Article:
Poking Your “I” Out in Poems

Stephen King reports the most common audience question is, “Where do you get your ideas?” At least, that was probably King, or maybe Margaret Atwood or Lee Child or Ursula LeGuin or Kurt Vonnegut. Mostly, this question is asked of fiction writers.

The question poets face is this one: “Did that really happen?”

Poetry and fiction are equally fabricated, each created from a writer’s aims, ideas, and experiences, and poets use the techniques and elements of poetry, too, to deliver a tale, a moment, a point.

People read poems because the possibility of encountering authentic voices speaking what must be truth seems greater. We assume the narrator, the speaker’s voice, must be the author’s voice. We want to believe, and we believe authenticity is based on actual revealed experience.

Confusing authors and narrators in poetry is a bad idea because the “I” in the poem is rarely the author. The narrator is a vehicle, a voice with which the author speaks, and the words are essentially a script, lines prepared in advance for maximum literary impact.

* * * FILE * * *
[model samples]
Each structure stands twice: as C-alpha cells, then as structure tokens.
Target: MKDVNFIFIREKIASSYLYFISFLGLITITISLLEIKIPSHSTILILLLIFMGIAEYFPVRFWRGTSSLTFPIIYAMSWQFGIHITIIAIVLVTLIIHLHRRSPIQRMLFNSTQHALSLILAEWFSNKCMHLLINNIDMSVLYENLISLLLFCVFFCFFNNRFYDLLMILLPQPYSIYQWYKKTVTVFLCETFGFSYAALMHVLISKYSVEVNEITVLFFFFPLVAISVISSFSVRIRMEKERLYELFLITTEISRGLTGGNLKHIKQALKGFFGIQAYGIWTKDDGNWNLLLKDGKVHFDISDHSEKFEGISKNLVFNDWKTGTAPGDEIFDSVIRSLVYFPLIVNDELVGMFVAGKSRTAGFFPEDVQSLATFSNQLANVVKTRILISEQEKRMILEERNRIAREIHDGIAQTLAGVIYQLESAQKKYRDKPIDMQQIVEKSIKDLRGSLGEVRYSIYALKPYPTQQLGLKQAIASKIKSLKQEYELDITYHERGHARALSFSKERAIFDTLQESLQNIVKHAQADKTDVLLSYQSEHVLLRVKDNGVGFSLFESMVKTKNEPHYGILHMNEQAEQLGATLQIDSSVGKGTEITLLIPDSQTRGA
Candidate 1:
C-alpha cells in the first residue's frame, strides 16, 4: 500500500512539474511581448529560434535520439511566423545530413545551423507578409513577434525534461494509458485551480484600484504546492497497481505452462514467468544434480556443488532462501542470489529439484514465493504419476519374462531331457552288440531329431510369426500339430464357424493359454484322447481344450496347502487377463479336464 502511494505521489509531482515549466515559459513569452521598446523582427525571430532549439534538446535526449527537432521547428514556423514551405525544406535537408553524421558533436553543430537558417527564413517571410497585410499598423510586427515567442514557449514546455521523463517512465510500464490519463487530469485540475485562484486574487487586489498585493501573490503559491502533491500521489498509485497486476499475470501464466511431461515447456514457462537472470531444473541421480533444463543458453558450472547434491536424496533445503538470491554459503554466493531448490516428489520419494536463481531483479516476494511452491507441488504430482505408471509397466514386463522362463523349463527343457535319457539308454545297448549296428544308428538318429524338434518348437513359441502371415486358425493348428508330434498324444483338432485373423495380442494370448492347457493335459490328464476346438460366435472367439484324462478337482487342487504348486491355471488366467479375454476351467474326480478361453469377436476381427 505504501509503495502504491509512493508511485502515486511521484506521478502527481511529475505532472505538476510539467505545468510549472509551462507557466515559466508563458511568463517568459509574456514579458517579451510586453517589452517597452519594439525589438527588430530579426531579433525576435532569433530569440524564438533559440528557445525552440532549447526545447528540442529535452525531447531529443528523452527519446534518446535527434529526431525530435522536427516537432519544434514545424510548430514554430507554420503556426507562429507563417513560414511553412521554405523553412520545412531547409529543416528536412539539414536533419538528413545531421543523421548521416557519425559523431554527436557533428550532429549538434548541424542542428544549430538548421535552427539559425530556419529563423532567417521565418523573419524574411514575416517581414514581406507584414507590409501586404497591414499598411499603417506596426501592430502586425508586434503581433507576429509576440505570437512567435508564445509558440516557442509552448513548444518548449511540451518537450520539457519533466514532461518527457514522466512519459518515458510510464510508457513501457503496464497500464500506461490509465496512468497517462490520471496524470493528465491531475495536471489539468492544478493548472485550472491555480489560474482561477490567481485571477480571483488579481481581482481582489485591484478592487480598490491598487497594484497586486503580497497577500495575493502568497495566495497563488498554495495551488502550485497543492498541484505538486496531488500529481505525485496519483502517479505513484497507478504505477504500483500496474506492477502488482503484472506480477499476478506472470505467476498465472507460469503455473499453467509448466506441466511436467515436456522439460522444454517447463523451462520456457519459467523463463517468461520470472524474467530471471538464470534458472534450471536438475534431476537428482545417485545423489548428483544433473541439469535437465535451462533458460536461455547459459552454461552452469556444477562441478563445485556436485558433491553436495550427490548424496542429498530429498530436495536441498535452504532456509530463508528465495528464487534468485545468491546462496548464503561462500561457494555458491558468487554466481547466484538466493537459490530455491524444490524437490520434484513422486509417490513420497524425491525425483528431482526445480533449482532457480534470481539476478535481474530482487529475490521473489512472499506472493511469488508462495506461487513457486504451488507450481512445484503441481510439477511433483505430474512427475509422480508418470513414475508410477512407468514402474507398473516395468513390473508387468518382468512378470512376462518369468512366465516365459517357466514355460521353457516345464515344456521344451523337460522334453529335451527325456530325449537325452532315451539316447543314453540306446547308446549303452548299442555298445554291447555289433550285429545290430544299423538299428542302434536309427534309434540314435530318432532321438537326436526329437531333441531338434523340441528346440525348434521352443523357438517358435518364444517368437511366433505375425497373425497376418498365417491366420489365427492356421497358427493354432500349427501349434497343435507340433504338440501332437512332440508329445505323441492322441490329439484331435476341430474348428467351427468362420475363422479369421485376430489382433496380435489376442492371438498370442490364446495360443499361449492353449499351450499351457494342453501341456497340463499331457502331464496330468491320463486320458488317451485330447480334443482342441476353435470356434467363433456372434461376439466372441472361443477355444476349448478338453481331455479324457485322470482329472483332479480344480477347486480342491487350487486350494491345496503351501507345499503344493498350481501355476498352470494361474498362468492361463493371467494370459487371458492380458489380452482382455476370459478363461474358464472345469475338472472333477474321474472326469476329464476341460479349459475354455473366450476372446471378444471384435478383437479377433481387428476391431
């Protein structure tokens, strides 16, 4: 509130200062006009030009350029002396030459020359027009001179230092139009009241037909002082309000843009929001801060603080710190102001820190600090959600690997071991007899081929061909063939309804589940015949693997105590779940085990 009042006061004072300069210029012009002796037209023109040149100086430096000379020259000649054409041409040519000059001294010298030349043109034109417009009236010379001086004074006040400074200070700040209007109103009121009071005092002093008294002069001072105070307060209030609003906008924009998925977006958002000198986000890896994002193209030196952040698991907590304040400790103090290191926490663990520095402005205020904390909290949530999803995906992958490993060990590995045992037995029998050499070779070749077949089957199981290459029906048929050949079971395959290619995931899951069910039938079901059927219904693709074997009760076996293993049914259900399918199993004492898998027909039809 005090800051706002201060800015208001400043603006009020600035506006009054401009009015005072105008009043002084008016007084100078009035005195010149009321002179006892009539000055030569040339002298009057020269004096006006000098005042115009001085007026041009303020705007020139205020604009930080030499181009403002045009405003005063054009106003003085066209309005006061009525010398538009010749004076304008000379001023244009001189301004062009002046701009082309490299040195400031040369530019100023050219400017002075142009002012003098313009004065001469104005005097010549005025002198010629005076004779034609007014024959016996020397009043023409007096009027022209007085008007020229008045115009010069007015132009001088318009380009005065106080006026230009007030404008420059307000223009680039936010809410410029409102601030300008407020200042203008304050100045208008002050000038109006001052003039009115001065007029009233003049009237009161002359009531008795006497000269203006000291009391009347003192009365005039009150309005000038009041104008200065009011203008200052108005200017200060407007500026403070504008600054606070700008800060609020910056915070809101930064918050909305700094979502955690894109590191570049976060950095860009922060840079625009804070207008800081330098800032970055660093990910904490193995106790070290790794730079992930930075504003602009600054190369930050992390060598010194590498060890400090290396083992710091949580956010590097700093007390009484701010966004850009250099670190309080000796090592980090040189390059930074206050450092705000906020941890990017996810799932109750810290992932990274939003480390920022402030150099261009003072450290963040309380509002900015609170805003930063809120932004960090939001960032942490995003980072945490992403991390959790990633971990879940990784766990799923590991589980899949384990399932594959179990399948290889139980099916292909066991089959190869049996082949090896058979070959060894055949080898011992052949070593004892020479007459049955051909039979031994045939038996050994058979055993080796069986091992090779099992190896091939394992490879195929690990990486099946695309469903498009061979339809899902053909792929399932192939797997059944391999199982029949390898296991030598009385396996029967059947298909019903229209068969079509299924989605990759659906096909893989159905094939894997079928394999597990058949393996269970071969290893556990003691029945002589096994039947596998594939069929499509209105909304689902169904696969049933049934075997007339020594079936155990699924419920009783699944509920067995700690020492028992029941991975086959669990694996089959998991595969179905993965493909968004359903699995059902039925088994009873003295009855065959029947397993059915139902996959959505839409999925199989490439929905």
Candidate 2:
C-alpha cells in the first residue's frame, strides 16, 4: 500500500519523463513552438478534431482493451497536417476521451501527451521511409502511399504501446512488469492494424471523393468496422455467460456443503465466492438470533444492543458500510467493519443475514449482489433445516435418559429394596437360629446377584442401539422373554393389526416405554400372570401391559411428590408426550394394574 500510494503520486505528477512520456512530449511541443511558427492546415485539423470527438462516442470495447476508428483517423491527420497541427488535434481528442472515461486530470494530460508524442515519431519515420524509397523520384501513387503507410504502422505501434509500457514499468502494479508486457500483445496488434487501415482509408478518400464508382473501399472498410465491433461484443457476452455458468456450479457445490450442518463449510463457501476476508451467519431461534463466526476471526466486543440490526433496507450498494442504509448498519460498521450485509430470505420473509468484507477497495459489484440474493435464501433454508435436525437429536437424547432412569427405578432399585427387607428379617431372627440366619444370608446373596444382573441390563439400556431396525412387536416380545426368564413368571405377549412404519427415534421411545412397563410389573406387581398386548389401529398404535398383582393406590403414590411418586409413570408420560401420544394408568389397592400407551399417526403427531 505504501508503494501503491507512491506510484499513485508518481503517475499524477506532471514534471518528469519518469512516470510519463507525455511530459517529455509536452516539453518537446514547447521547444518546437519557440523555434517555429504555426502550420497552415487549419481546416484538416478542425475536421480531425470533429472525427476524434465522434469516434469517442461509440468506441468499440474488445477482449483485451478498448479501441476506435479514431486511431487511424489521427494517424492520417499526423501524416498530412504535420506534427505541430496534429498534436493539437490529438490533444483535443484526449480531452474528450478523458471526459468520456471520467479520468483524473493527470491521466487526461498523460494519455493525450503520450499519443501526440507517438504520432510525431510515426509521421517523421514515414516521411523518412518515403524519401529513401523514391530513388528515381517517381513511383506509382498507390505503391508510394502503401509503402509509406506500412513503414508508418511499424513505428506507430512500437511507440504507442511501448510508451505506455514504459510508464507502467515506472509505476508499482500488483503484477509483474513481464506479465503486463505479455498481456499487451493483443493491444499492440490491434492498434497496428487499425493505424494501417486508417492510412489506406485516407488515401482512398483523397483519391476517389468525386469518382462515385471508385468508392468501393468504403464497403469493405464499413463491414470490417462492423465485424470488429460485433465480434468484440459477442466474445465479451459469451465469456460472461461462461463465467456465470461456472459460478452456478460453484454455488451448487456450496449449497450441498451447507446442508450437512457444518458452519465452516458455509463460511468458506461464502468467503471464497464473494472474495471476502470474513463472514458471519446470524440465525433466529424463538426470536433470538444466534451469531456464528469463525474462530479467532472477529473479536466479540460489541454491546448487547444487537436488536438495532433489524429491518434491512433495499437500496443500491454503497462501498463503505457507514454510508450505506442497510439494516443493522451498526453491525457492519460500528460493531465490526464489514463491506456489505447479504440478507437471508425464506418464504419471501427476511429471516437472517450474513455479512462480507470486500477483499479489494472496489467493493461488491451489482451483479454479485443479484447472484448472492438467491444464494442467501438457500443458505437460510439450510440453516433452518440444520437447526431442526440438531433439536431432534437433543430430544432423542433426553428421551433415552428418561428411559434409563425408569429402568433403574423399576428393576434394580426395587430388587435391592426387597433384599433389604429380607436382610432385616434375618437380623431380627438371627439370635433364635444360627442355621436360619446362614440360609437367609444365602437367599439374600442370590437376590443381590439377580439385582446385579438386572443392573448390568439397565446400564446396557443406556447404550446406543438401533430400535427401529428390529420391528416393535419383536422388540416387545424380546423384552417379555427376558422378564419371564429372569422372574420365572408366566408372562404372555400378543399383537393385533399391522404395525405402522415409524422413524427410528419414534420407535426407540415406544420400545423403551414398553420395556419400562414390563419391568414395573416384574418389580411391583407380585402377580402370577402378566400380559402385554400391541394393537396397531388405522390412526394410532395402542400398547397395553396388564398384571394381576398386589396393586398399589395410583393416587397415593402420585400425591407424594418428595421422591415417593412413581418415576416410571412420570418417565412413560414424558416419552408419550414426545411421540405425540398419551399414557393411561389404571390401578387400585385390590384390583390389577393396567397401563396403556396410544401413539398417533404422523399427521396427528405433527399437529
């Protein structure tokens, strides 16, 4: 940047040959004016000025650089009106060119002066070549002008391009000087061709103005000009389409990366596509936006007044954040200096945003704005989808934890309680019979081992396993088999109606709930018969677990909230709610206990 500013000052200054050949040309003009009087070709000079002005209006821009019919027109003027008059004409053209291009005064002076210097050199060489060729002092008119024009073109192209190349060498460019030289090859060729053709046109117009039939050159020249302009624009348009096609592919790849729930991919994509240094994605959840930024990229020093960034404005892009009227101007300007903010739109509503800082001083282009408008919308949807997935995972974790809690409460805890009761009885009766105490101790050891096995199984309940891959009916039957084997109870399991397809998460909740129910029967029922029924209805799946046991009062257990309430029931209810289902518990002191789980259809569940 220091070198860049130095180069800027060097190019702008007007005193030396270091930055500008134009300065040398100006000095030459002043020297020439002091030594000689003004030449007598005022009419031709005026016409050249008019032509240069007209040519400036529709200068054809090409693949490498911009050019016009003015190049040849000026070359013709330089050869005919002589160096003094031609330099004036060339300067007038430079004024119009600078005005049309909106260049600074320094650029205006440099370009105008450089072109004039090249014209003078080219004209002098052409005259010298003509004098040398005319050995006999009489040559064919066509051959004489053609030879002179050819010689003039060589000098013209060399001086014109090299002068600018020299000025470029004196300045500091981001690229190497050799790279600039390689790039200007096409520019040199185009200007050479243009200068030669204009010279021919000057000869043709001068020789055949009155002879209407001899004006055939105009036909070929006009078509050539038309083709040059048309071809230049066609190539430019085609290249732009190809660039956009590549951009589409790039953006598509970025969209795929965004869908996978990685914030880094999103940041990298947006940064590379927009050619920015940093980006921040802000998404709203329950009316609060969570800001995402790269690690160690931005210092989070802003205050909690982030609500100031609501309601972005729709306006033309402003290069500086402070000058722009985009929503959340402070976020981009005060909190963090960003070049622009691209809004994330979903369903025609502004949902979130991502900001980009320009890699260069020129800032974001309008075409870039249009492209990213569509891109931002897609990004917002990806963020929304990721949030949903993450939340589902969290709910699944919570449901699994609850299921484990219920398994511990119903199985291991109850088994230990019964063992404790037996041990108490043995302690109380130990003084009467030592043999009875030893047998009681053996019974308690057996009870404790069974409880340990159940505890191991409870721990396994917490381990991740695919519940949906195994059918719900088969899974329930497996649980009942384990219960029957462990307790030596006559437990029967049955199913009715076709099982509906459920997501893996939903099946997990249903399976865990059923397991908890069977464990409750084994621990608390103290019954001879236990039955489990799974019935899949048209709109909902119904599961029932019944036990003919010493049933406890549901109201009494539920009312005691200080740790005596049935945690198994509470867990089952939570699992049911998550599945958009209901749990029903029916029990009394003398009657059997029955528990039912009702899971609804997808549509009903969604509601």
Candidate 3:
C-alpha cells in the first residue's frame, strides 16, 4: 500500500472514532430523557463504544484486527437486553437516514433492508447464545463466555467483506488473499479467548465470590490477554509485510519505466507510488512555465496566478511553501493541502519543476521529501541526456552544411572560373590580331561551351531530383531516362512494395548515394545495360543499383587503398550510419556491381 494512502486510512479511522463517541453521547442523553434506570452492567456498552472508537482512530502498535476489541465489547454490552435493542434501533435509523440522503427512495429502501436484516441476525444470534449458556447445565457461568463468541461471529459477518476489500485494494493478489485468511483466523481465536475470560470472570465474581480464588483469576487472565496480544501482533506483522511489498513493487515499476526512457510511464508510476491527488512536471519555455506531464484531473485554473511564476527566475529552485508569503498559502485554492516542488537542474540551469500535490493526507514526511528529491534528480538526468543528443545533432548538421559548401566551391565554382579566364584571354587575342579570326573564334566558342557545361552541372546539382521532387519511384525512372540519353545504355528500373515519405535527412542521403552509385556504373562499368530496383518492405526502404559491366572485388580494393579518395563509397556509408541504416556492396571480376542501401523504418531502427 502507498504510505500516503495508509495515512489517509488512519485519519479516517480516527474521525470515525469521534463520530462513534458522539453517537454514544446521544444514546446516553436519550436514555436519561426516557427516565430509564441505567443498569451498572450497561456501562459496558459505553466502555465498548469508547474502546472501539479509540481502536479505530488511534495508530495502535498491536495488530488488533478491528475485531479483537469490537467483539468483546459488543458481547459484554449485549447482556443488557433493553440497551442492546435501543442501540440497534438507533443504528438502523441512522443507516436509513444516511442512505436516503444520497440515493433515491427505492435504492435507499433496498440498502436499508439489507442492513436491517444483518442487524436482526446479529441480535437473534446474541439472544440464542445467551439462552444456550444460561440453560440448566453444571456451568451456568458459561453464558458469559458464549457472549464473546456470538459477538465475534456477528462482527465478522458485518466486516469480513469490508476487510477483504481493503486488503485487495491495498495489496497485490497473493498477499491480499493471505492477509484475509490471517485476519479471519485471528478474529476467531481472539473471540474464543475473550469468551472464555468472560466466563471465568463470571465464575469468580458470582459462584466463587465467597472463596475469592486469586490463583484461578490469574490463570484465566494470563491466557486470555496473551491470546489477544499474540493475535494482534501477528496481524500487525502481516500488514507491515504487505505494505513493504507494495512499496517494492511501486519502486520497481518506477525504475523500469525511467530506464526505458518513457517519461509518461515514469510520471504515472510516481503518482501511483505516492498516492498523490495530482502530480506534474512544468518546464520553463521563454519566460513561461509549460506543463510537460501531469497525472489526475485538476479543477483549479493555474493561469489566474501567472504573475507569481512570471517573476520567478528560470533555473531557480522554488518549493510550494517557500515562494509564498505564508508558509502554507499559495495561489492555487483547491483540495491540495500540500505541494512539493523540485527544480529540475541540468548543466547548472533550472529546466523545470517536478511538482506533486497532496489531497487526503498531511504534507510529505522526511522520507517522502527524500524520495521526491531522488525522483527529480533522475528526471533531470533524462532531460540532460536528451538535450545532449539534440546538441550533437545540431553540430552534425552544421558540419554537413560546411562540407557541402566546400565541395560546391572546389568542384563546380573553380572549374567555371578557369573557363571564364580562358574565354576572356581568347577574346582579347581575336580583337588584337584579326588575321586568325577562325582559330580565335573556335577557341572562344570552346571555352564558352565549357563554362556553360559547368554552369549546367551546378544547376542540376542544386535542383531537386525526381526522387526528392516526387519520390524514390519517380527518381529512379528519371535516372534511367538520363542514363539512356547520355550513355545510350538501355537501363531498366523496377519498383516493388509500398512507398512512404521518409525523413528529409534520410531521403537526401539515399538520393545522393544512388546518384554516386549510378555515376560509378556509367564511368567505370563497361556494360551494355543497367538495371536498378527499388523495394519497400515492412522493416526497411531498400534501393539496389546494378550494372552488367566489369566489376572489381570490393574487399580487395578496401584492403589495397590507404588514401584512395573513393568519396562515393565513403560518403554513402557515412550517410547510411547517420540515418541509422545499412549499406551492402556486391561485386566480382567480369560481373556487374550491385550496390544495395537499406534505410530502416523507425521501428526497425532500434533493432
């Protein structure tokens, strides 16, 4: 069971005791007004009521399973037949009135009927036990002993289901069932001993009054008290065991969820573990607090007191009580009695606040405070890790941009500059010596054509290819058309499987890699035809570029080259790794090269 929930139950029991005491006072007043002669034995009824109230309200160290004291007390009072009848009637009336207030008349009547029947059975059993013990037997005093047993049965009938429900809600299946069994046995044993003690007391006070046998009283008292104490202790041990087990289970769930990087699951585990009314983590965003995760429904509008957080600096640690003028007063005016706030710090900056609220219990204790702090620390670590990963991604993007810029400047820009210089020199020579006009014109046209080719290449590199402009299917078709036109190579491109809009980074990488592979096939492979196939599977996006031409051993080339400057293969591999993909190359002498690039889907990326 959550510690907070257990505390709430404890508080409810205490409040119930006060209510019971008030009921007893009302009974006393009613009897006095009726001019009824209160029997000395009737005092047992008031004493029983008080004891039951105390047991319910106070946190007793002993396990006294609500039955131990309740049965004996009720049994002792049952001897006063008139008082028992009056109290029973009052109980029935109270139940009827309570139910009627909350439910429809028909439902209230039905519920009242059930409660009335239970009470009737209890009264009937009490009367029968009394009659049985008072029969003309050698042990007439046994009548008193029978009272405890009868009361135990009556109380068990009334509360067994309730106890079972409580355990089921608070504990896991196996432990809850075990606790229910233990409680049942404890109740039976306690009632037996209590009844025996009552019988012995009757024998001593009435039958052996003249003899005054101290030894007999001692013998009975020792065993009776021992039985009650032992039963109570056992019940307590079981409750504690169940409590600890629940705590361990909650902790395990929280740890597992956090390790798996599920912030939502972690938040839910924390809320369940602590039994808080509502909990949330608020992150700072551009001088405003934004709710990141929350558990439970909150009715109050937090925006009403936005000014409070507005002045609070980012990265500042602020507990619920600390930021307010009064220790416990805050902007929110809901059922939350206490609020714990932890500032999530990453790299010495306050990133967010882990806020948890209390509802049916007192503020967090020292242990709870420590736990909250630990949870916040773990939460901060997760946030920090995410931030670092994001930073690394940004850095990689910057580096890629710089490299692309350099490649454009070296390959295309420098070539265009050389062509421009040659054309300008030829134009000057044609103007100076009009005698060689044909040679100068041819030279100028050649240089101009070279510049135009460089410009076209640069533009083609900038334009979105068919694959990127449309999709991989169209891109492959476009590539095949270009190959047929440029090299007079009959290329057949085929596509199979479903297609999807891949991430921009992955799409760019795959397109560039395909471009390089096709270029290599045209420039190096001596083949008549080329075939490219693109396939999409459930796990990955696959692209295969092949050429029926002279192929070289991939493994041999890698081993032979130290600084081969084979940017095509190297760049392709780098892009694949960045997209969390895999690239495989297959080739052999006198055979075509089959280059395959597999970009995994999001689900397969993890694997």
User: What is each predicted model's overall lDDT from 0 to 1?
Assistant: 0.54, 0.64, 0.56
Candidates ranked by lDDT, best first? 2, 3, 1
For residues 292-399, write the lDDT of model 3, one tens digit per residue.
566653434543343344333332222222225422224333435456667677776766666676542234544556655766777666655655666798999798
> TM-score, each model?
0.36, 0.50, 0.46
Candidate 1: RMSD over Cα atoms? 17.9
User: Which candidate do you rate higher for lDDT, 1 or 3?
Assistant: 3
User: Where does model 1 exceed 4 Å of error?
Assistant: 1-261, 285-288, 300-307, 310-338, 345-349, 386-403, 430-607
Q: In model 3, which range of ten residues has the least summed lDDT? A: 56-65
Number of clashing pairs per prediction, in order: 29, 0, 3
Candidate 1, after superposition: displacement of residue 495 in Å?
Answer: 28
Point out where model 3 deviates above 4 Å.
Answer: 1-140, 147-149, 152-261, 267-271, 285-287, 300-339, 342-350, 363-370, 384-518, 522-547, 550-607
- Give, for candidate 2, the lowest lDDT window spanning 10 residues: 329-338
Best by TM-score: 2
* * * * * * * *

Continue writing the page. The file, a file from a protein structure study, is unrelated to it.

Poets, to avoid answering this pesky question, just poke your “I” out. How? Write poems in the third-person (I chose the first man to see a rainbow). Assume the identity of a famous, unknown, or imaginary person (I chose the priest at Galileo’s deathbed). Present a narrator who is so flawed that audiences will be afraid to ask (I chose a misguided visitor to Oh-Triple-See).

Authenticity arises from excellence in depicting a moment--setting, scene, and situation--on which the poem focuses, not on whether the facts are verifiable. Poking the “I” out increases the acuity of vision, allowing writers to see and say more of the truth than otherwise might be visible. So, no, that didn’t really happen, but the poem did.

Eric Shaffer